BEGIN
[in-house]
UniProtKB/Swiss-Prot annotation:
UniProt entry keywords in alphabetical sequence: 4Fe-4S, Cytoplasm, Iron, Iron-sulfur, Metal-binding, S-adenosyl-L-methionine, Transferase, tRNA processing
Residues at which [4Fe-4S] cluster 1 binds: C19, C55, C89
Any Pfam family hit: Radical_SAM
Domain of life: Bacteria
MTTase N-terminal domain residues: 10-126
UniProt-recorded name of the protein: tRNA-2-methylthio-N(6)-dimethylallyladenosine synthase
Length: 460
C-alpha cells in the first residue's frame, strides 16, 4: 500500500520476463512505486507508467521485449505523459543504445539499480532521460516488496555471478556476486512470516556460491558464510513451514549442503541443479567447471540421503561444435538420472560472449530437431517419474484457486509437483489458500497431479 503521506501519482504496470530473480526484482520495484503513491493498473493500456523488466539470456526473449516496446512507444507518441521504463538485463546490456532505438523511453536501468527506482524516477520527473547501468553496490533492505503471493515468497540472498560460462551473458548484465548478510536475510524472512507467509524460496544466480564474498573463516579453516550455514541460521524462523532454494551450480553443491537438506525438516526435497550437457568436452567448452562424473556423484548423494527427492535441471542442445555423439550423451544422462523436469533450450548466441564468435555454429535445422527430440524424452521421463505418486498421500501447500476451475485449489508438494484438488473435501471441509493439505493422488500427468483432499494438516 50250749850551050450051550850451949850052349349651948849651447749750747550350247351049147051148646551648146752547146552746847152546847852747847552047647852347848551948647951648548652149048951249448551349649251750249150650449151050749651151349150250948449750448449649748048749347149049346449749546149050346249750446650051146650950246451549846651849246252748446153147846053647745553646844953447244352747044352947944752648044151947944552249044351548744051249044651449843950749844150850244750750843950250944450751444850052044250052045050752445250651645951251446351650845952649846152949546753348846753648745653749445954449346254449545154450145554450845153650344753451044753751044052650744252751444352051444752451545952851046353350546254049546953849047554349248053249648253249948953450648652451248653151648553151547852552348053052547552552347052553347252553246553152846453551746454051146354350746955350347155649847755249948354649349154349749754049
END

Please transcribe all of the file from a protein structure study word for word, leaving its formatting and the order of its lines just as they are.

[in-house]
UniProtKB/Swiss-Prot annotation:
UniProt entry keywords in alphabetical sequence: 4Fe-4S, Cytoplasm, Iron, Iron-sulfur, Metal-binding, S-adenosyl-L-methionine, Transferase, tRNA processing
Residues at which [4Fe-4S] cluster 1 binds: C19, C55, C89
Any Pfam family hit: Radical_SAM
Domain of life: Bacteria
MTTase N-terminal domain residues: 10-126
UniProt-recorded name of the protein: tRNA-2-methylthio-N(6)-dimethylallyladenosine synthase
Length: 460
C-alpha cells in the first residue's frame, strides 16, 4: 500500500520476463512505486507508467521485449505523459543504445539499480532521460516488496555471478556476486512470516556460491558464510513451514549442503541443479567447471540421503561444435538420472560472449530437431517419474484457486509437483489458500497431479 503521506501519482504496470530473480526484482520495484503513491493498473493500456523488466539470456526473449516496446512507444507518441521504463538485463546490456532505438523511453536501468527506482524516477520527473547501468553496490533492505503471493515468497540472498560460462551473458548484465548478510536475510524472512507467509524460496544466480564474498573463516579453516550455514541460521524462523532454494551450480553443491537438506525438516526435497550437457568436452567448452562424473556423484548423494527427492535441471542442445555423439550423451544422462523436469533450450548466441564468435555454429535445422527430440524424452521421463505418486498421500501447500476451475485449489508438494484438488473435501471441509493439505493422488500427468483432499494438516 50250749850551050450051550850451949850052349349651948849651447749750747550350247351049147051148646551648146752547146552746847152546847852747847552047647852347848551948647951648548652149048951249448551349649251750249150650449151050749651151349150250948449750448449649748048749347149049346449749546149050346249750446650051146650950246451549846651849246252748446153147846053647745553646844953447244352747044352947944752648044151947944552249044351548744051249044651449843950749844150850244750750843950250944450751444850052044250052045050752445250651645951251446351650845952649846152949546753348846753648745653749445954449346254449545154450145554450845153650344753451044753751044052650744252751444352051444752451545952851046353350546254049546953849047554349248053249648253249948953450648652451248653151648553151547852552348053052547552552347052553347252553246553152846453551746454051146354350746955350347155649847755249948354649349154349749754049